InterContinental Hong Kong, renowned for its harbor view, will undergo a two-year facelift starting from the end of this month. Photo: Handout

In luxury hotels across China, the rooms are empty and waiters lounge beside dining tables with no customers, a result of the devastation Covid-19 has had on numerous sectors.

But many businesses are slowly returning to normal in China as travel curbs and curfew-like community lockdowns have been lifted in an effort to fire up the economy.

Yet for some upmarket hotel chains, the sight of tourists and consumers returning to attractions and malls in big cities is not very reassuring – many fear that people’s pent-up demands and even the “post-pandemic binge” may not turn out to be strong enough to throw their faltering businesses and occupancy rates a lifeline.

Their hopes of an immediate turnaround were dashed by the news that the Four Seasons chain is pulling out of Shanghai. The Canadian luxury hotel and resort chain will no longer have any foothold in the largest city of the country after closing its two properties there in May and June.

Four Seasons manages two hotels, Puxi and Pudong, on both sides of Shanghai’s Huangpu River. The decision to fold the business came after more than 18 years of feasting and revelry for the city’s cadres and business elite, when the Four Seasons became one of the first foreign luxury hospitality brands to enter the city to cater to Shanghai’s rising appetite for fine dining and plush hotel stays.

Four Seasons runs two hotels in Shanghai, but both will be closed soon. One will be renovated, with the fate of another unknown.
The Four Seasons Pudong Hotel has stunning views of Shanghai’s Lujiazui CBD. Photos: WeChat

Four Seasons, however, noted in a statement that its business consolidation in China had nothing to do with the epidemic. It is understood the group would not permanently close down the Puxi hotel, known for its palatial lobby and Michelin-recommended restaurants, but would renovate it to convert half of its 420 rooms into offices. Yet its reopening date has not been decided.

Four Seasons also manages hotels in Beijing, Guangzhou, Tianjin and Shenzhen in mainland China, on top of its sprawling complexes in Hong Kong and Macau. The company stressed it remained committed to the Chinese market and would carry on with its investment plans despite the recent dip in patronage due to the contagion.

Four Seasons’ woes are hardly unique. American hotel chain Hilton is yet to resume bookings for its 150 hotels with a total of 33,000 rooms across China after it had to turn away guests in February as a precaution amid nationwide travel bans and lockdowns.

Wyndham also runs hundreds of hotels covering both the high-end and budget segments in China and also saw its overall occupancy rate plummet 75% in February at its hotels that were still open, according to the Beijing Business Daily.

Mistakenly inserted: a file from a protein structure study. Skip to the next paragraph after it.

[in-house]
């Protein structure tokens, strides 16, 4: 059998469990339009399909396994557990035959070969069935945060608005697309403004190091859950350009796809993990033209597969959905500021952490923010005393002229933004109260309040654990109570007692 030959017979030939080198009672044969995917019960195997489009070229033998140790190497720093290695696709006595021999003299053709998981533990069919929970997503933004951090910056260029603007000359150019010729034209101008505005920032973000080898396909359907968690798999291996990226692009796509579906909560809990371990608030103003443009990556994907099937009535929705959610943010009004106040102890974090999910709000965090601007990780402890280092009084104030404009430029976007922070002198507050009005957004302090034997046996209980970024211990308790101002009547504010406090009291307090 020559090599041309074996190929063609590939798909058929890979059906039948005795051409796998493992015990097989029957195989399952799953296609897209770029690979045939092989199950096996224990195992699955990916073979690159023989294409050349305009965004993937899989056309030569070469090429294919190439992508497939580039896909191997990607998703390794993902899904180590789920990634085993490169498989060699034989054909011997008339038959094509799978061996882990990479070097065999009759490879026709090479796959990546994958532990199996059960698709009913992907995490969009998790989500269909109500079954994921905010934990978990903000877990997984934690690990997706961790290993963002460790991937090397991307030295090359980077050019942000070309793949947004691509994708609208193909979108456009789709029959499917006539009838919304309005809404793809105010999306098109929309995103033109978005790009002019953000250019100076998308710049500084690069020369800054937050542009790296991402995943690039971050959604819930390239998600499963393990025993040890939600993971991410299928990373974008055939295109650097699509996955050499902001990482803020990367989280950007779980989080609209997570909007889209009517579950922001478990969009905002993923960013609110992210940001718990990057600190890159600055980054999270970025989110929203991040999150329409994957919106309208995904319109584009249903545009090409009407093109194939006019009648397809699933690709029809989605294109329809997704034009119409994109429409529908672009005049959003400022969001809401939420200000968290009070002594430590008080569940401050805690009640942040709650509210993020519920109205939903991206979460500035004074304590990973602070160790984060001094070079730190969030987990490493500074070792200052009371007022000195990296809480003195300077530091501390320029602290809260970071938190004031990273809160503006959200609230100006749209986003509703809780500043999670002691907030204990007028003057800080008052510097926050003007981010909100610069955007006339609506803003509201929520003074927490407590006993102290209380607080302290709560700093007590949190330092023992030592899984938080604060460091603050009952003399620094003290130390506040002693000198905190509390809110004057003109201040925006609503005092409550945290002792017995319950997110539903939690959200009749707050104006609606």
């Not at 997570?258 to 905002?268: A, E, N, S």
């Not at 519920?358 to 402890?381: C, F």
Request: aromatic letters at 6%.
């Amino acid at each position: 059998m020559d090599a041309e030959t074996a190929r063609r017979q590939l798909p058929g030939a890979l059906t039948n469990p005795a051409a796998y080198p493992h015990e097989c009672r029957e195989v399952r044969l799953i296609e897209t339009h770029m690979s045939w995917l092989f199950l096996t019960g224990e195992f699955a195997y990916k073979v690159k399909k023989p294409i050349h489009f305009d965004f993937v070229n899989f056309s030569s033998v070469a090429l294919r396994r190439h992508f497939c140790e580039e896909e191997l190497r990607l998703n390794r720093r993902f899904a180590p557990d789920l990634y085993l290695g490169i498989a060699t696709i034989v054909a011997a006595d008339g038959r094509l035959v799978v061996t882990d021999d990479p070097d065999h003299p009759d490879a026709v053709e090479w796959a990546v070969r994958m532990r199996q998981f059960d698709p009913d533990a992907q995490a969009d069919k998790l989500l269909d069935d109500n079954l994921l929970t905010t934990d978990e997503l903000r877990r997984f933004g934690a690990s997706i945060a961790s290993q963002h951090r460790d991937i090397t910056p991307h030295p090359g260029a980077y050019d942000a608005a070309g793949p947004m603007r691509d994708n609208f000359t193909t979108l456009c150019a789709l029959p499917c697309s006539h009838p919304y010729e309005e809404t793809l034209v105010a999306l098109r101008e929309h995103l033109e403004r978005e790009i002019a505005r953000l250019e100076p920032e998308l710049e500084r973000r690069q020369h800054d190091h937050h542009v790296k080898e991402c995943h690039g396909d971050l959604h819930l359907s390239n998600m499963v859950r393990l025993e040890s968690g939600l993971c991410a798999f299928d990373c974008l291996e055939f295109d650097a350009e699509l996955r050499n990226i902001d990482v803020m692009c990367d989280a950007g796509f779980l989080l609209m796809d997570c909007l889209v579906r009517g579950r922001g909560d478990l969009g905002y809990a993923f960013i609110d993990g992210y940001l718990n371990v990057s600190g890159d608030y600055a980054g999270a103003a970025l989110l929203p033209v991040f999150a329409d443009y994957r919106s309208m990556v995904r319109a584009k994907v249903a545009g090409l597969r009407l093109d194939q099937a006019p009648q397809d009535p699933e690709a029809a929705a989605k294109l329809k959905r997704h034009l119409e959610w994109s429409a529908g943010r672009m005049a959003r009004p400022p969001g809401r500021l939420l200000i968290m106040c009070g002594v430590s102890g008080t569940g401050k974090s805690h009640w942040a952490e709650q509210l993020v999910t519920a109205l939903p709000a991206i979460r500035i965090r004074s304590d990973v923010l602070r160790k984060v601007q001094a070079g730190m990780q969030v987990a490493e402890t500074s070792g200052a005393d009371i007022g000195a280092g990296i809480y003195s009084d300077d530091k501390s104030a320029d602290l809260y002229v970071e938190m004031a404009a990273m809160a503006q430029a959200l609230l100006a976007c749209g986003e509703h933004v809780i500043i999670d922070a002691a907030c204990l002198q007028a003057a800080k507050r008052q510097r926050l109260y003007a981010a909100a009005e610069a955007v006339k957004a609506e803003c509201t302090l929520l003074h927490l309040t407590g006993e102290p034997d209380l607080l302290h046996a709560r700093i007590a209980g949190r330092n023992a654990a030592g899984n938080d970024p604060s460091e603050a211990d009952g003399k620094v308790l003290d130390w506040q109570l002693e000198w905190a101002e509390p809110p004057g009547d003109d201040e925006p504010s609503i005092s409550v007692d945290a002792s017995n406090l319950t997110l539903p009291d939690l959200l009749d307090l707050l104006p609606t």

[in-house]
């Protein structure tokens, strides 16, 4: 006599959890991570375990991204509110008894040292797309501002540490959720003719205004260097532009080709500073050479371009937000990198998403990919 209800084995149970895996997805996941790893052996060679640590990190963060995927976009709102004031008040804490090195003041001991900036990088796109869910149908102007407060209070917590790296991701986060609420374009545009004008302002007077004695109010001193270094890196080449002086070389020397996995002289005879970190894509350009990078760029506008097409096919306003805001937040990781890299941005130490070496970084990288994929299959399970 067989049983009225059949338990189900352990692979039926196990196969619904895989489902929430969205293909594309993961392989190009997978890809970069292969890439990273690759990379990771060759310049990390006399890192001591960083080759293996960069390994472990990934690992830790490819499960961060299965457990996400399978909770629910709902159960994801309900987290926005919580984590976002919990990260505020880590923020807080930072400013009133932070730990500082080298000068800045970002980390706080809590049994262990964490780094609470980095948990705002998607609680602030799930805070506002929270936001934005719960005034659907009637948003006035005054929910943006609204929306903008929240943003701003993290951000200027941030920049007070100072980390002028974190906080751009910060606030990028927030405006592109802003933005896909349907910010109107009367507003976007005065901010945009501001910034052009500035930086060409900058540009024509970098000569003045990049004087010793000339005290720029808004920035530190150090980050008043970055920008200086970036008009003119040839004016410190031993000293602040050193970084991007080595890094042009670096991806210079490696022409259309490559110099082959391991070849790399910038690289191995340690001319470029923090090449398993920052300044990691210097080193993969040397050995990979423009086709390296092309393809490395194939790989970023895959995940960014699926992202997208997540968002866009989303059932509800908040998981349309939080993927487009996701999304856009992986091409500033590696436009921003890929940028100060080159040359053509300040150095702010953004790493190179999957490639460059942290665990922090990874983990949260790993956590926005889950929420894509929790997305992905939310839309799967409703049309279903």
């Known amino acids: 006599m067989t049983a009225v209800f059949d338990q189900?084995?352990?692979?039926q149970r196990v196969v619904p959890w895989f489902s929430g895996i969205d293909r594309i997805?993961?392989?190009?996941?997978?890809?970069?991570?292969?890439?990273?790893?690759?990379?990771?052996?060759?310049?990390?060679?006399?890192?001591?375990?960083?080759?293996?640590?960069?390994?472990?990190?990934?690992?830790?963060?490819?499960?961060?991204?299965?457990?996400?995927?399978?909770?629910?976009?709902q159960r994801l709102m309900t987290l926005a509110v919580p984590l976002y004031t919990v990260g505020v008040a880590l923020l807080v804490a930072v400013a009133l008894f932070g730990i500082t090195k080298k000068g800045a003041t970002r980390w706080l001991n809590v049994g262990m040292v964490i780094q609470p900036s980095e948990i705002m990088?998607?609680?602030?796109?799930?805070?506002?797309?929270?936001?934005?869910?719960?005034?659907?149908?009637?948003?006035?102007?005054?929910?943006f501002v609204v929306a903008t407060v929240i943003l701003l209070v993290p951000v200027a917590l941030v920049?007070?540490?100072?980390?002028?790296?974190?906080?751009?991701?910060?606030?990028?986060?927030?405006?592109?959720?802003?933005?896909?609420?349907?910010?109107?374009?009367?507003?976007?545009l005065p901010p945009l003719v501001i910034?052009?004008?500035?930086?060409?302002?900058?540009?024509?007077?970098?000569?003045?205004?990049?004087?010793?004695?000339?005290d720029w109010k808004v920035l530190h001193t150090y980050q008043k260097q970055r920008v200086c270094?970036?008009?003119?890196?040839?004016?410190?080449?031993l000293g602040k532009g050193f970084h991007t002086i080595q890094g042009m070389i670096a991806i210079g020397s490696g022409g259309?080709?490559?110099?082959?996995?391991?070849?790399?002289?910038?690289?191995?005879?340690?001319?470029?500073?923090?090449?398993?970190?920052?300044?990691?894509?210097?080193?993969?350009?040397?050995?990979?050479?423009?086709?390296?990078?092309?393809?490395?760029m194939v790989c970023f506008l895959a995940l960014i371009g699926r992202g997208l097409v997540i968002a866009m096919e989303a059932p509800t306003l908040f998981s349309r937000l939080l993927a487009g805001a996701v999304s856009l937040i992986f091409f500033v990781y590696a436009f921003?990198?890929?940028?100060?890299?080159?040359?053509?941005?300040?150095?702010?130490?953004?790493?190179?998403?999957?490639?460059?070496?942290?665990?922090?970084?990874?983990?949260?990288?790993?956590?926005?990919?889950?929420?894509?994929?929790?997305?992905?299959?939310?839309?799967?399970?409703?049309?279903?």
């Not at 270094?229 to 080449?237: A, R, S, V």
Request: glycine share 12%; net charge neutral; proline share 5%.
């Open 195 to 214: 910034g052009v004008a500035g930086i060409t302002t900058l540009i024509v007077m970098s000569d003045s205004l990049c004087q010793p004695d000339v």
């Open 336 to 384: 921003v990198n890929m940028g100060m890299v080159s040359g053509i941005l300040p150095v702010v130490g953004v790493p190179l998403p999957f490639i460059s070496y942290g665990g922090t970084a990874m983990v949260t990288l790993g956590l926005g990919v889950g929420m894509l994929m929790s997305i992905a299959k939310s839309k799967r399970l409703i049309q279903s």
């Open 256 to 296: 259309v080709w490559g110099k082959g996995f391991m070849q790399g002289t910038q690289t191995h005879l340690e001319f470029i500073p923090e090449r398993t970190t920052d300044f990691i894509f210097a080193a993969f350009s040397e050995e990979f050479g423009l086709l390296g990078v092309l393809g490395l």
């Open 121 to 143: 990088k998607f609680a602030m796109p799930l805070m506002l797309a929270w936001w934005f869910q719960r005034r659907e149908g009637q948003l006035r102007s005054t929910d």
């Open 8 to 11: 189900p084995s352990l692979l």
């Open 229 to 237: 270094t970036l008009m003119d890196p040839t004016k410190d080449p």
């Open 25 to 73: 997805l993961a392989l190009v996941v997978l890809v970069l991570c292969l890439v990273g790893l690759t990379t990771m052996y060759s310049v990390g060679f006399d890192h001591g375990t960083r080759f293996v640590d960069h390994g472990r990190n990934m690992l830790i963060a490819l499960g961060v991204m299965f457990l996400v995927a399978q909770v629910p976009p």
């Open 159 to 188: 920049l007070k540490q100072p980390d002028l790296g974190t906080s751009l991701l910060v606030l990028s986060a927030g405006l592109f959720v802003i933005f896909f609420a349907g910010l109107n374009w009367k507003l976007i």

Stringent entry restrictions in Beijing, Shanghai, Guangzhou and Shenzhen targeting arrivals from overseas to keep out imported cases also means any recovery for these hotels has been pushed further back. International travelers, as well as meetings, incentives, conferencing and exhibitions (MICE) events, were typically pillars of income for five-star hotels in these top tier cities.

Meanwhile, InterContinental and its local partners will also close their harborfront hotel in Hong Kong’s bustling Tsim Sha Tsui district for a “top-to-toe facelift” later this month until 2022. The hotel opened its cavernous lobby and “seascape rooms” 40 years ago for guests to gaze over the city’s skyline across the harbor.

The trophy asset located on the southern tip of the Kowloon peninsula is prized for its sweeping, unobstructed panorama of the Victoria Harbour and was usually fully-booked during its heyday. The 503-room hotel will be rebranded Regent Hong Kong after the renovation.

A view of Hong Kong’s Victoria Harbour from the InterContinental’s infinite pool. Photo: Handout
InterContinental Hong Kong was opened in 1980 and instantly became a big draw, reeling in visitors and diners with its harbor views and luxurious amenities. Photos: Asia Times

The InterContinental’s parent IHG sold stakes in this Asia-Pacific flagship property to local investors for a whopping HK$7.3 billion ($942 million) in 2015, or roughly HK$15 million per guest room. Yet social unrest since last June and the ongoing Covid-19 outbreak have scared away business travelers and holidaymakers, and the crippling slump in bookings throughout these months have forced owners to temporarily shut the hotel for refurbishment.

All 700 staff members other than those running a Cantonese restaurant will be laid off, according to local papers.

In a statement, the hotel said it would help its employees find work in other hotels across the city that were also owned or managed by IHG and would give laid-off staff the priority in future hiring once the hotel resumes a new look in 2022.

Also, Hong Kong’s legendary 92-year-old Peninsula Hotel has also warned of an operating loss in the first quarter, as the contagious pathogen brings global tourism and business travel to a grinding halt.

The hotel group also issued a profit warning in February as it reported zero to very few bookings at its other hotels across New York, Chicago, Paris, Tokyo, Bangkok, Beijing and Shanghai during the thick of the global health scourge.

The drop in demand is due to arrivals in Hong Kong going down to a trickle amid the coronavirus calamity: February’s figure of 199,000 was merely 4% of the same period a year ago.

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